FIGS. 4 and 5 show a preferred embodiment of the toy 12 of FIG. 1. The toy 12 includes a body shell 40 that encapsulates a chassis 42. The shell 40 is preferably constructed from two molded plastic pieces that resemble the body of a duck. The chassis 42 has a pair of walls 44 that each have an opening 46. Extending through the openings 46 is a shaft 48. The shaft 48 supports a roller 50 that is located between the walls 44.
The roller 50 is constructed to be unfolded so that a reservoir 52 can be placed into the inner cavity 54 of the roller 50. Attached to the reservoir 52 are a pair of liquid absorbing members 56 that are cut to resemble the feet of a duck. The reservoir 52 and members 56 are both typically constructed from sponge material that will absorb and retain a liquid. The reservoir 52 provides a continuous supply of fluid to the pads 56. The reservoir 52 and members 56 are typically filled by immersing the sponge filled roller 50 in water.
The roller 50 and reservoir 52 each have slots 58 that allow the shaft 48 to be inserted into the center of the two members. The slot of the roller 50 is formed by the stepped down portions 60 of the sidewalls 62 of the cylinder 50. The sidewalls 62 also have tabs 64 that are adapted to be inserted into the openings of the walls 44, so that the roller 50 can be attached to the chassis 42. The roller 50 is attached to the chassis 42, so that the roller 50 and members 56 can rotate about the shaft 48. The roller 50 has a pair of openings 66 that allow the pads 56 to extend through the cylinder. The roller 50 is located relative to the ground 16, so that the members 56 are compressed when rolled into contact with the surface 16.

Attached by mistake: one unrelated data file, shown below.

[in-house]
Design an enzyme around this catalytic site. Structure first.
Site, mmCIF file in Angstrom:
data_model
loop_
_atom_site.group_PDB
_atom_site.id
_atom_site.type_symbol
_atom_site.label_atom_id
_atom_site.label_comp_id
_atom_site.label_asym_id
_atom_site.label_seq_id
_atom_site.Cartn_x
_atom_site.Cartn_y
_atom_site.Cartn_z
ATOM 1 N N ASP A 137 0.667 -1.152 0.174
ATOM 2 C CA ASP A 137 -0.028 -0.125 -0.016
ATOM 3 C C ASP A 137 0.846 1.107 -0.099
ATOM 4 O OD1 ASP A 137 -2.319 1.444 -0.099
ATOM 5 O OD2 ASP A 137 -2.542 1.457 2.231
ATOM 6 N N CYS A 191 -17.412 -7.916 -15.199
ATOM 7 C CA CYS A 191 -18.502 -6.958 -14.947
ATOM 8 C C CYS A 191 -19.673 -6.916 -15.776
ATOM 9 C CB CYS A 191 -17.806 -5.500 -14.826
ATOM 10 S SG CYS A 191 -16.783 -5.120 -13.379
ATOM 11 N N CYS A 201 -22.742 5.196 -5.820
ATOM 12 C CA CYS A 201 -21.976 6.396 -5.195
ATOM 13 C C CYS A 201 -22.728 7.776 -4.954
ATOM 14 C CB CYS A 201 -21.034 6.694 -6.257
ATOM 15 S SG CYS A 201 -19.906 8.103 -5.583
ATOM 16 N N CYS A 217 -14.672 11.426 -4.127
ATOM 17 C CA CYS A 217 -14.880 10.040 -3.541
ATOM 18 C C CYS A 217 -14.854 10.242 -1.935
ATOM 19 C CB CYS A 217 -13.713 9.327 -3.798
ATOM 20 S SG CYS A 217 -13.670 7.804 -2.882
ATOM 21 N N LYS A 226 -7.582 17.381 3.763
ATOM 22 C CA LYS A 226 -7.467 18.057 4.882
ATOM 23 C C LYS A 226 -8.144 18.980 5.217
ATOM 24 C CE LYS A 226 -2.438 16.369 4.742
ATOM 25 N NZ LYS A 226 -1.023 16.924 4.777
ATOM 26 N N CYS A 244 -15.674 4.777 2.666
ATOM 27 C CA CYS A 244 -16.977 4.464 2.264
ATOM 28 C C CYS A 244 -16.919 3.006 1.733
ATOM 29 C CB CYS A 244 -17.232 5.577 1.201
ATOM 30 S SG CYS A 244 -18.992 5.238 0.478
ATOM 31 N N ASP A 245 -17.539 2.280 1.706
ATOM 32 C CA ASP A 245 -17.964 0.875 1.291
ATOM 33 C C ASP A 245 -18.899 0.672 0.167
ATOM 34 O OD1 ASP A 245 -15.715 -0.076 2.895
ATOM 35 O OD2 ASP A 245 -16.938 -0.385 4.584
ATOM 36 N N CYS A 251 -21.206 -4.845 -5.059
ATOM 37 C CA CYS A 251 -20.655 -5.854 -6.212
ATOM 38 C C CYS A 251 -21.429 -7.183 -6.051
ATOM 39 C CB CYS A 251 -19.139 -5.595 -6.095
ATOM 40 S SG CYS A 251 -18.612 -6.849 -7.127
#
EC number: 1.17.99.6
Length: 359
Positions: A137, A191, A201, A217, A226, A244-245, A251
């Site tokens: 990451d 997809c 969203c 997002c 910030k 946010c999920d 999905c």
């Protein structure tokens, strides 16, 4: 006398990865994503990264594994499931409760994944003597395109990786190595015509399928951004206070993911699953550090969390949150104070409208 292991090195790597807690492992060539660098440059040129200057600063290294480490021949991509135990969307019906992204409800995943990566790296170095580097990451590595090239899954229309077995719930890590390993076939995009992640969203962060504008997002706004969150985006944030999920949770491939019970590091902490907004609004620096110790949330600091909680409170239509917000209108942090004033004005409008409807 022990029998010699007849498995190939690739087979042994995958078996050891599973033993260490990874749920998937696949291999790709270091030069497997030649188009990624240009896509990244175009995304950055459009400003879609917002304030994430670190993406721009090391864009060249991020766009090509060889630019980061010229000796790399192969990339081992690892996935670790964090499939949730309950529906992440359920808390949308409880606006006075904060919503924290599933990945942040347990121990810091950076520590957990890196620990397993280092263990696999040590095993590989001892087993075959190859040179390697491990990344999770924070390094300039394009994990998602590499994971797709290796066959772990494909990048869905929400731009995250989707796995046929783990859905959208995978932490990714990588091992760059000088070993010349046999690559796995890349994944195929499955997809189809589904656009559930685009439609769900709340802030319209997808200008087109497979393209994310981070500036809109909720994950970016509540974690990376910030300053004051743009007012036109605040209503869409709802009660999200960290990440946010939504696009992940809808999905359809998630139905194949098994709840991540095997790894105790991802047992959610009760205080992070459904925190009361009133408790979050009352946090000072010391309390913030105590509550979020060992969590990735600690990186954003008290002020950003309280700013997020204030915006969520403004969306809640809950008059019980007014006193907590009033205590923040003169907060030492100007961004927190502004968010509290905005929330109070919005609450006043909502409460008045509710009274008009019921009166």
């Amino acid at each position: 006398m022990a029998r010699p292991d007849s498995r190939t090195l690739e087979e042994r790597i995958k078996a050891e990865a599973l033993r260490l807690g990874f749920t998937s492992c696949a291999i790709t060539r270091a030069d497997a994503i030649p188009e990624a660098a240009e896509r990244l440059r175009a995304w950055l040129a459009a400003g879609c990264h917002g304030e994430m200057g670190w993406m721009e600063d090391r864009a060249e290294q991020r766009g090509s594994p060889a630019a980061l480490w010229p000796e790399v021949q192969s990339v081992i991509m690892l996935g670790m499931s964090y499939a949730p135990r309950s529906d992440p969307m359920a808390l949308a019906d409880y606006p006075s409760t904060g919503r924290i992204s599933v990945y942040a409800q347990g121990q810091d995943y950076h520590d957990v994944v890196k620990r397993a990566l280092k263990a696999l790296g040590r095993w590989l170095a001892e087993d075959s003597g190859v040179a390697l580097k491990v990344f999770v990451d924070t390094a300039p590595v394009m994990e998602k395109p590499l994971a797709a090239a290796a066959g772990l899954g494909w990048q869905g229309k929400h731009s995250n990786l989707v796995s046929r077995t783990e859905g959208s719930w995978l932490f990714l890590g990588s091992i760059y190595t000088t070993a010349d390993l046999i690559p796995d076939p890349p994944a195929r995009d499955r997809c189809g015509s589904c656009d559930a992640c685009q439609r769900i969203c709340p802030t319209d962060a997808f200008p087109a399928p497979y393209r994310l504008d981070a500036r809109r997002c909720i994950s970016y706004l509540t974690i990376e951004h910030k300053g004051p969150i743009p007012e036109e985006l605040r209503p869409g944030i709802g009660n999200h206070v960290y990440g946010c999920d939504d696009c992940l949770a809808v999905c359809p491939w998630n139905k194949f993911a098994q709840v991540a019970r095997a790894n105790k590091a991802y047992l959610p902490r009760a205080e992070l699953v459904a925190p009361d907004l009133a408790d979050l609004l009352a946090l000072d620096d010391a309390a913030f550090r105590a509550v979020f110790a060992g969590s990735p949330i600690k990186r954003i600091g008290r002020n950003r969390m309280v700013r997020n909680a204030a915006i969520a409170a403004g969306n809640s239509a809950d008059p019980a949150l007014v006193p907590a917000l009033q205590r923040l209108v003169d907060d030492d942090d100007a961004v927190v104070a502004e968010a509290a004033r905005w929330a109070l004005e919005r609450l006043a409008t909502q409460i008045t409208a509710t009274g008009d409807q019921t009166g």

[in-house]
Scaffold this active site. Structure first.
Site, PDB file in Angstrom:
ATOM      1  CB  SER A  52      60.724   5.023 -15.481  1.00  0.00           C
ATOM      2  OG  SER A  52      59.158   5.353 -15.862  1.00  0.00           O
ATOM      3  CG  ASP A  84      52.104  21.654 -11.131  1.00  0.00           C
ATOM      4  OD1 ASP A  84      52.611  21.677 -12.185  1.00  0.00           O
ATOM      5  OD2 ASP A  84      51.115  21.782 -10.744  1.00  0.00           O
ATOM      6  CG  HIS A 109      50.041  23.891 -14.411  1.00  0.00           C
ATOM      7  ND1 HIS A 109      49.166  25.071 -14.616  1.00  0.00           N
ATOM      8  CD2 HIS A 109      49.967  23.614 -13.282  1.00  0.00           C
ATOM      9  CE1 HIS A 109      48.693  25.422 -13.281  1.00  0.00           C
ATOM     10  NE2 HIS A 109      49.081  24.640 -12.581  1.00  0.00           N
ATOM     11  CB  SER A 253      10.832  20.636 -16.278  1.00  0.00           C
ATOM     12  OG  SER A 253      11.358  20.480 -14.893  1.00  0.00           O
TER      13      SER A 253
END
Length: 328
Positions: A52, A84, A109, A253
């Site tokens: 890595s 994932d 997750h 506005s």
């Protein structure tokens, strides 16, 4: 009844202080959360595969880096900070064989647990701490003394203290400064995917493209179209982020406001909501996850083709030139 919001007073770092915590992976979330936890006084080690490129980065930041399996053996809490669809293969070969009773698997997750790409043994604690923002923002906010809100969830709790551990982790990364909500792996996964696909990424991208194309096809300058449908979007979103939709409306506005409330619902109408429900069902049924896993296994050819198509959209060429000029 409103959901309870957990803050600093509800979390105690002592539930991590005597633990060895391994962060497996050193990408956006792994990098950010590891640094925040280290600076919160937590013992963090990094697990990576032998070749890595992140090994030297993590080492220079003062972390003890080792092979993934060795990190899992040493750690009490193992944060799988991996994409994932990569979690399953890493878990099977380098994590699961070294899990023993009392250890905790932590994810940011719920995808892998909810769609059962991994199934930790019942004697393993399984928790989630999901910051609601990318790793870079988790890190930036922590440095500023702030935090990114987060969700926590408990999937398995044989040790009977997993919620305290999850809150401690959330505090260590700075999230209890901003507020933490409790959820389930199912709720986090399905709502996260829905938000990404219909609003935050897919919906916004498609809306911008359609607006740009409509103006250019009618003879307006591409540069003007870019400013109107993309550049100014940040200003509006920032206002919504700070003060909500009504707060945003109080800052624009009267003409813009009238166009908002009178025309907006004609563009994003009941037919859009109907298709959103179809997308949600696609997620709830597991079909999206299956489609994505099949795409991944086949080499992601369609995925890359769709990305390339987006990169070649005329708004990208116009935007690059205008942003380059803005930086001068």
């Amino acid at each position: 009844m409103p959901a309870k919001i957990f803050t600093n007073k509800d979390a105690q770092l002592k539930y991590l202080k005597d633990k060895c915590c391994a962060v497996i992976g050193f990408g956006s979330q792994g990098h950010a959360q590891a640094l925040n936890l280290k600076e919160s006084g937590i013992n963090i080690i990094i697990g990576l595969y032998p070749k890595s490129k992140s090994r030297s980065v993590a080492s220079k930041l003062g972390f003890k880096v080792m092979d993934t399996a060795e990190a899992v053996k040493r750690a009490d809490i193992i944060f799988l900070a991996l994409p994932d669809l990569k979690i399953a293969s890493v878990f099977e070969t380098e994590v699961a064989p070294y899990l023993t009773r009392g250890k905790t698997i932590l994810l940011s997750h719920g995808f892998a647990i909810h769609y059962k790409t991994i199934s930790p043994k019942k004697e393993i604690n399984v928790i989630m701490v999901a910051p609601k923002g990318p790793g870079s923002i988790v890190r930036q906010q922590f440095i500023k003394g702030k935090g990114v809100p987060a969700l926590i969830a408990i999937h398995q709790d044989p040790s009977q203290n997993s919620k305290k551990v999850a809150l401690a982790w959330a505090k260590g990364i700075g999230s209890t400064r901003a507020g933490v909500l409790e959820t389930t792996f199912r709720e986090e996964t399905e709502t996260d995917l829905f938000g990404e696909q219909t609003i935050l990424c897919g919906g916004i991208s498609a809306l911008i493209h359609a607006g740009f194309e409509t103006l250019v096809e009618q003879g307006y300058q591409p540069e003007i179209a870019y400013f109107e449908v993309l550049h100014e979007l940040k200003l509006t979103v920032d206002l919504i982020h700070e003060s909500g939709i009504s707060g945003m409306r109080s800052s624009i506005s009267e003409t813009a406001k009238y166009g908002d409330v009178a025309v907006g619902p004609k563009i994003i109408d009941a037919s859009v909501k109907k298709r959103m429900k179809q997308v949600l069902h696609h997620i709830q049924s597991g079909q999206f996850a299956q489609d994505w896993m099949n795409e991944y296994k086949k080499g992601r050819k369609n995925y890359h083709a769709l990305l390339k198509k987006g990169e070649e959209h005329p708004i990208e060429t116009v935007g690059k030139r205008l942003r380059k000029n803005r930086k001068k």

The ends of the shaft 48 are connected to a pair of cam wheels 68. Each cam wheel 68 has a pin 70 that is inserted into a slot 72 in an actuating link 74. The actuating links 74 each have a groove 76 that receives a flange 78 which extends from a leg 80. The actuating links 74 also have outer pins 82 attached to the legs 80 and inner pins 84 inserted into holes 86 in the chassis 42. The pins 82 and 84 allow the actuating links 74 and legs 80 to rotate relative to the chassis 42.
When the toy 12 is moved along a surface 16, the roller 50 and shaft 48 are caused to rotate. Rotation of the shaft 48 rotates the cam wheels 68, which moves the pins 70 along the slots 72. Movement of the pins 70 pivots the actuating links 74 about the holes 84 of the chassis 42. The rotational movement of the links 74 also moves the legs 80 in a swinging motion. The legs 80 are constructed to resemble the legs of a duck, wherein the legs of the toy move in a walking like fashion when the user pushes or pulls the housing along the surface 16. The legs 80 are in close proximity to the members 56, so that it appears that the legs 80 are leaving the footprints when the toy 12 is moved along the surface. The legs 80 are also separated from the ground so that the leg members 80 do not come into contact with the surface 16. Such an arrangement insures that the pads 56 are always pressed onto the surface 16.
The toy 12 includes a hollow shaft 88 that is pressed into a slot 90 formed in the chassis 42. Extending through the hollow shaft 88 is an inner shaft 92 which can move between a first position and a second position. The shaft 92 is typically coupled to a spring (not shown) which biases the shaft 92 into the first position. Attached to the shaft 92 is a first metal contact 94 which is separated from a second metal contact 96 located on the hollow shaft 88. The second metal contact 96 is electrically connected to batteries 98, through battery contacts 100 located in a battery cavity 102 formed in the chassis 42. The toy 12 may have a door 104 to provide access to the batteries 98.
The first metal contact 94 is electrically connected to an electric motor 106 located in a motor cavity 108 formed in the chassis 42. The electric motor 106 is coupled to a fan 110 which is located within a duct 112. The metal contacts 94 and 96 function as a switch for the motor 106. When the inner shaft 92 is pushed into the second position, the first contact 94 comes into contact with the second contact 96. The coupling of the contacts provides power to the electric motor 106, which rotates the fan 110 and blows air through the duct 112.